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Florida college presidents score high on pay
Three of the 10 highest-paid public university presidents are in Florida. Among community colleges, it's five of the top 10.
By SHANNON COLAVECCHIO-VAN SICKLER
Published November 12, 2007
Stuck in a salary rut? Itching to earn more pay, plus perks like a car allowance or expense account? A university or community college presidency in Florida might be just the job for you.
At a time when public university leaders here are lamenting state budget cuts and the effect on academic quality, an annual survey of the nation's public and private colleges finds a few of them are among the top earners in their field.
Three of the 10 highest-paid public university presidents for the 2006-07 year come from the Sunshine State, as do five of the 10 best-paid community college leaders, according to the Chronicle of Higher Education's compensation study, released Monday.
The University of Florida's Bernie Machen is No. 6 among the presidents of public four-year institutions with his nearly $727,000 annual package.
Next in line is T.K. Wetherell of Florida State, whose package is valued at $702,127 - though FSU officials point out Wetherell's base salary is lower than that of the presidents of smaller public Florida universities such as Florida Atlantic and Florida International.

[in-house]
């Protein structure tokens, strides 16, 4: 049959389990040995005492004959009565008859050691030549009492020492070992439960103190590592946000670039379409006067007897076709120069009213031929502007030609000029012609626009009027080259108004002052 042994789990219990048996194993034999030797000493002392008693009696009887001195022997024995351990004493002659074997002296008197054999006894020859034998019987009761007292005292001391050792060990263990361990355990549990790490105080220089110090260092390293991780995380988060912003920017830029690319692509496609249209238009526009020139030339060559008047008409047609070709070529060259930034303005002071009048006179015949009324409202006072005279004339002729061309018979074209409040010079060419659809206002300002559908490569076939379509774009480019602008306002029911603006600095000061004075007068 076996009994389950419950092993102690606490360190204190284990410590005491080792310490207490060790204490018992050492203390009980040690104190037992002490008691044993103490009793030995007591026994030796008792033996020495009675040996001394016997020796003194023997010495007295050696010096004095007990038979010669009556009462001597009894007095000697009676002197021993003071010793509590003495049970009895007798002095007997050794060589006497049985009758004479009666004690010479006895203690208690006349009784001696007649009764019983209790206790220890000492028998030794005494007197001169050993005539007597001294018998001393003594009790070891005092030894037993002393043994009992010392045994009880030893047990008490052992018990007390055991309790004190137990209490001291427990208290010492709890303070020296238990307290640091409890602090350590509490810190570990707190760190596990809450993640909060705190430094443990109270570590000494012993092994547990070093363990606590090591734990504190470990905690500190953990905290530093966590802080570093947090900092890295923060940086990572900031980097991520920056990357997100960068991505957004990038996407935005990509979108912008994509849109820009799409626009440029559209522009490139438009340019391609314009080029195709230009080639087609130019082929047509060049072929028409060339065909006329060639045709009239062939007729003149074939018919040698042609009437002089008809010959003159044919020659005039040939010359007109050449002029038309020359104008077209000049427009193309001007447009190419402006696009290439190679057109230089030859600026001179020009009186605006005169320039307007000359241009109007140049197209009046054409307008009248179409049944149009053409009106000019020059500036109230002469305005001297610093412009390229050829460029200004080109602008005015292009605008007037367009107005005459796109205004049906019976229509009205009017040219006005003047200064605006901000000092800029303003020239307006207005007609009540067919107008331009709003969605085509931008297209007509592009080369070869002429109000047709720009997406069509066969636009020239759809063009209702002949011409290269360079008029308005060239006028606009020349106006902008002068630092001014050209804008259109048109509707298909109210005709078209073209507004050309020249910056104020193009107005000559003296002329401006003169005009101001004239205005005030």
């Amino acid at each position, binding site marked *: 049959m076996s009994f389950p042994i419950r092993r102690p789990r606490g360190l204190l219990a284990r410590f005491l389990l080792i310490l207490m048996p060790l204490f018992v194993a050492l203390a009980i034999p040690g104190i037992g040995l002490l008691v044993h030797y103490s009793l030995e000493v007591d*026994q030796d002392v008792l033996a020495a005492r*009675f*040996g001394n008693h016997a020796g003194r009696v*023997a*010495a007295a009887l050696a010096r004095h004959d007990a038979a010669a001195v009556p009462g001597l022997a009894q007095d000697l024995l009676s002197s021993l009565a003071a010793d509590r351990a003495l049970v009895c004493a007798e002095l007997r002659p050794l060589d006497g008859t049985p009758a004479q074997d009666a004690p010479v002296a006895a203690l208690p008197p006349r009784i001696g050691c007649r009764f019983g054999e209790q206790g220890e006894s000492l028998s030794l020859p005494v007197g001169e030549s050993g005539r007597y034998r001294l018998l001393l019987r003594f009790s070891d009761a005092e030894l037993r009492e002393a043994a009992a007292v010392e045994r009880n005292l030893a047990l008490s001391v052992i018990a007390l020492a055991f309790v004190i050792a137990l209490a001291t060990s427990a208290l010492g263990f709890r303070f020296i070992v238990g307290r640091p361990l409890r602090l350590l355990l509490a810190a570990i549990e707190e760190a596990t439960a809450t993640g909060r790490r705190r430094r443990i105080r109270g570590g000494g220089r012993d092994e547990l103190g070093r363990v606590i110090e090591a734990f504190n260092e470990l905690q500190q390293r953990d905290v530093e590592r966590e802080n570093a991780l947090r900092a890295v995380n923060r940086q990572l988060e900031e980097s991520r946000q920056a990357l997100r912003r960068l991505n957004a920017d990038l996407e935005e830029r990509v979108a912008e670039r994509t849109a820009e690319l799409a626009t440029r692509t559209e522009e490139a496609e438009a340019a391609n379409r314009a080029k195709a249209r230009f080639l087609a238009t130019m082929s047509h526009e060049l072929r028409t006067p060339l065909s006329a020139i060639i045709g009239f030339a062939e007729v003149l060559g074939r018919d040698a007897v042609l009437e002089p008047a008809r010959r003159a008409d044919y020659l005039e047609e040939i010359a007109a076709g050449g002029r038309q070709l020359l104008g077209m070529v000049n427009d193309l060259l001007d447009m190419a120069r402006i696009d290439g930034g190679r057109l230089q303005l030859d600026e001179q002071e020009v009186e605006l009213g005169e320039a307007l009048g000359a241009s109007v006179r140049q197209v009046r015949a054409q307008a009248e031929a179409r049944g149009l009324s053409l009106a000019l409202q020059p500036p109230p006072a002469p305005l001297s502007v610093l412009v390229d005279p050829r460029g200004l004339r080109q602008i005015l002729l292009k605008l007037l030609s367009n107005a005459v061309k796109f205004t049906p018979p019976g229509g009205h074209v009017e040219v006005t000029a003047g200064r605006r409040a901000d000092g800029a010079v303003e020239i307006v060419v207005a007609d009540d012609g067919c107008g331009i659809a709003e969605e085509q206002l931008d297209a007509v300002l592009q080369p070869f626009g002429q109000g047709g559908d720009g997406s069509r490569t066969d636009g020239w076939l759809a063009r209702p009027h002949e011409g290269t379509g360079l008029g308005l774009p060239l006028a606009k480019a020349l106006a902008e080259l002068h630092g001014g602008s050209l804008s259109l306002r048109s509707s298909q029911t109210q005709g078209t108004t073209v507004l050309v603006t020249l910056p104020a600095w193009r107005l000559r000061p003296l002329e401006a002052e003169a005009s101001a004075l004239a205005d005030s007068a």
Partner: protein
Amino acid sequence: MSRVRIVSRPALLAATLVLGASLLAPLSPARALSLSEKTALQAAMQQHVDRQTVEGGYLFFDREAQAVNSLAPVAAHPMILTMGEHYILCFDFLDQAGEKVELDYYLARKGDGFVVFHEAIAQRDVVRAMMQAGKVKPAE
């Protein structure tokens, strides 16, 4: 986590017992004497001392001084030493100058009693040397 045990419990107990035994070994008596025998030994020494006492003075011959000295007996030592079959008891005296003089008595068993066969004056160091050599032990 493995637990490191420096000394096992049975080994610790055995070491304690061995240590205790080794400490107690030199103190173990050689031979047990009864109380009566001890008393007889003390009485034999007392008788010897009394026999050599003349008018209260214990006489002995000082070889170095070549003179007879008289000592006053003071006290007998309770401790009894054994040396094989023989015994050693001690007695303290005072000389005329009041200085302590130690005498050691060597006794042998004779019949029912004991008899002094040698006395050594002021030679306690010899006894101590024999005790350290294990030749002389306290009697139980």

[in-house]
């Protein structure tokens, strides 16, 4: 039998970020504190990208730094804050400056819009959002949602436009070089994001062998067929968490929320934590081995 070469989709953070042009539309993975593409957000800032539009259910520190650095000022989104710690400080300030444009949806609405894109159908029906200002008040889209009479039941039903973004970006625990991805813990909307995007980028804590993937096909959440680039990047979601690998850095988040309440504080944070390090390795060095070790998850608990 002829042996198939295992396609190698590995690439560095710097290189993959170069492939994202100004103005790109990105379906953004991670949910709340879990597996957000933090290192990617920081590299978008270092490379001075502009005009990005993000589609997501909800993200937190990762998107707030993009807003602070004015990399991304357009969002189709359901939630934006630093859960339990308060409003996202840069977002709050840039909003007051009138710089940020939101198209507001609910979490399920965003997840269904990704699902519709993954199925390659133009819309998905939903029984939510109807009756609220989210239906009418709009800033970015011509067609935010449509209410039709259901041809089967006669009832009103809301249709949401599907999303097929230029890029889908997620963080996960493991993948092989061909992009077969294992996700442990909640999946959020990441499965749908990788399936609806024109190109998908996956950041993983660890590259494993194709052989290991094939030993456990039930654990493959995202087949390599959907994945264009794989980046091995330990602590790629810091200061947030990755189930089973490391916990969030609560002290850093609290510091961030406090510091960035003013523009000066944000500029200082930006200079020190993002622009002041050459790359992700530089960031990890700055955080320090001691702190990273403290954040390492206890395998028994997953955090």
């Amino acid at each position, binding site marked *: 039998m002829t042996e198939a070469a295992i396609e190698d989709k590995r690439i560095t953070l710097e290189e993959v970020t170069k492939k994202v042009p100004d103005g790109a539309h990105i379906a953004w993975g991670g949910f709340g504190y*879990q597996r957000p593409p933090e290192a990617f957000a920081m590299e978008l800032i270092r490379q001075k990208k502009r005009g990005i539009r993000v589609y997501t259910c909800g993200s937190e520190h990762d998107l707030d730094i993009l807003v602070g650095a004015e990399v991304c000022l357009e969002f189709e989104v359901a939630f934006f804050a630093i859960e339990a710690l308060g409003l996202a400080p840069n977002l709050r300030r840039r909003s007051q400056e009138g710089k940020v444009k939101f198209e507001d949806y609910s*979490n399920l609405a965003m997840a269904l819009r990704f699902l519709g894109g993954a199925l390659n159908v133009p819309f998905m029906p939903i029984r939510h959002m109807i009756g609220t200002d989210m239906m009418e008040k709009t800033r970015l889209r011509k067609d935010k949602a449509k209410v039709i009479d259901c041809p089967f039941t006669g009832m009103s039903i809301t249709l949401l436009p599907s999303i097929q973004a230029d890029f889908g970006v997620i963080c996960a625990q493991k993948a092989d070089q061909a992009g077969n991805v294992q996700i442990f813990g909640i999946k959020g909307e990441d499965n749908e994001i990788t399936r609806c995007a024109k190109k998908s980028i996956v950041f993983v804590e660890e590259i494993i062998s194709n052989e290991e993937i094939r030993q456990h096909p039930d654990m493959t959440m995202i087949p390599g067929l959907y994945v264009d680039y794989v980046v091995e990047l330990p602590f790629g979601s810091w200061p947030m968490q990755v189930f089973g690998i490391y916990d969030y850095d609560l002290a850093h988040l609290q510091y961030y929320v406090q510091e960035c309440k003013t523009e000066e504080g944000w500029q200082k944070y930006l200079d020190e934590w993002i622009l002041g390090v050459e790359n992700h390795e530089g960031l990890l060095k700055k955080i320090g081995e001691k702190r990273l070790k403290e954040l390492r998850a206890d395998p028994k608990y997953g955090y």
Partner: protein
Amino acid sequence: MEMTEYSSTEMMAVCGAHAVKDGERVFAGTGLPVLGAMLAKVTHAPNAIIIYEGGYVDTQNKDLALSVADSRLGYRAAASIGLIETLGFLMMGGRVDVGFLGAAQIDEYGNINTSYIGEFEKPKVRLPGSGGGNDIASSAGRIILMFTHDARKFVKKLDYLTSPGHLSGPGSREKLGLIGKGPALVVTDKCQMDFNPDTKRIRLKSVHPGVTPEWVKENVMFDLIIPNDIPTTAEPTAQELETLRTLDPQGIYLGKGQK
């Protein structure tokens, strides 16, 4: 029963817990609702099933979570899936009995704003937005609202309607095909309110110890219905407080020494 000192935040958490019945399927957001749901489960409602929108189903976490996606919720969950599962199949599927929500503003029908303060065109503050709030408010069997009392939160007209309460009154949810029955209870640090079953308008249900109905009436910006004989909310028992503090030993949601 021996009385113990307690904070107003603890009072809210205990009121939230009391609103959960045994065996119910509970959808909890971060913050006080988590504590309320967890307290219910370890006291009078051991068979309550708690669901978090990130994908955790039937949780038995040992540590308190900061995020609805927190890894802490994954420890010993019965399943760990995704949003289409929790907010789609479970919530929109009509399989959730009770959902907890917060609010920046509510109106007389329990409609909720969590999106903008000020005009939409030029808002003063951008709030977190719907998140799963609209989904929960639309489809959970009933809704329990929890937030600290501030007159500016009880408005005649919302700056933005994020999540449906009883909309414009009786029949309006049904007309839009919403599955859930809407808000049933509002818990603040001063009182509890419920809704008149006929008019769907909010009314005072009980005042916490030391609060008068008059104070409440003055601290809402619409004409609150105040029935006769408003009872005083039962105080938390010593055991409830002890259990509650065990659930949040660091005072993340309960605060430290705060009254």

They also dispute the Chronicle's inclusion of a three-year retention bonus, paid in one lump-sum last year, when calculating Wetherell's rank.
University of Central Florida president John Hitt ranks No. 9 on the Chronicle list, with $684,708.
And community colleges might be the less glamorous institutions in higher education, but it turns out the presidential pay can be downright Prada.
Carl Kuttler, longtime St. Petersburg College president, made $384,691 in pay and benefits last year, earning him a No. 5 rank. Right behind him was Hillsborough Community College president Gwendolyn Stephenson, with $365,577.
Alumni donations cover most of the state university presidents' salaries and benefits, because state law allows taxpayer dollars to cover only $225,000 per institution. For community colleges, there's no limit, and each board of trustees decides how much of the college's budget to set aside for salary and benefits.
Kuttler, a fixture at St. Petersburg College for more than four decades, said the size and growth of Florida's institutions is a factor in their leaders' pay. Miami-Dade College president Eduardo Padron, for example, oversees the largest higher education institution in the country - with eight campuses and several outreach centers serving some 165,000 students. Padron ranks second community college presidents, with annual compensation of $566,328.
Another explanation for the high pay is the lengthy tenure of some of the highest-paid leaders in Florida, where colleges tend to try and one-up each other every time one president gets a raise.
But Kuttler says he doesn't much care what he makes.
"If you ask me what I make, I can't tell you. Because it's not about the salary."
Who's on top
1. David P. Roselle, University of Delaware: $874,687
2. John T. Casteen III, University of Virginia: $753,762
3. Mark E. Emmert, University of Washington: $752,700
4. Mary Sue Coleman, University of Michigan system: $743,151
5. Mark G. Yudof, University of Texas system: $742,209
6. Bernie Machen, University of Florida: $726, 849
7. T.K. Wetherell, Florida State: $702, 127
8. Carl Patton, Georgia State: $701,524
9. John Hitt, University of Central Florida: $684,708
10. Charles Steger, Va. Tech: $681,434
1. Michael B. McCall, Kentucky CC system: $610,670
2. Eduardo J. Padron, Miami-Dade College: $566,328
3. Phillip R. Day Jr., City College-San Francisco: $403,441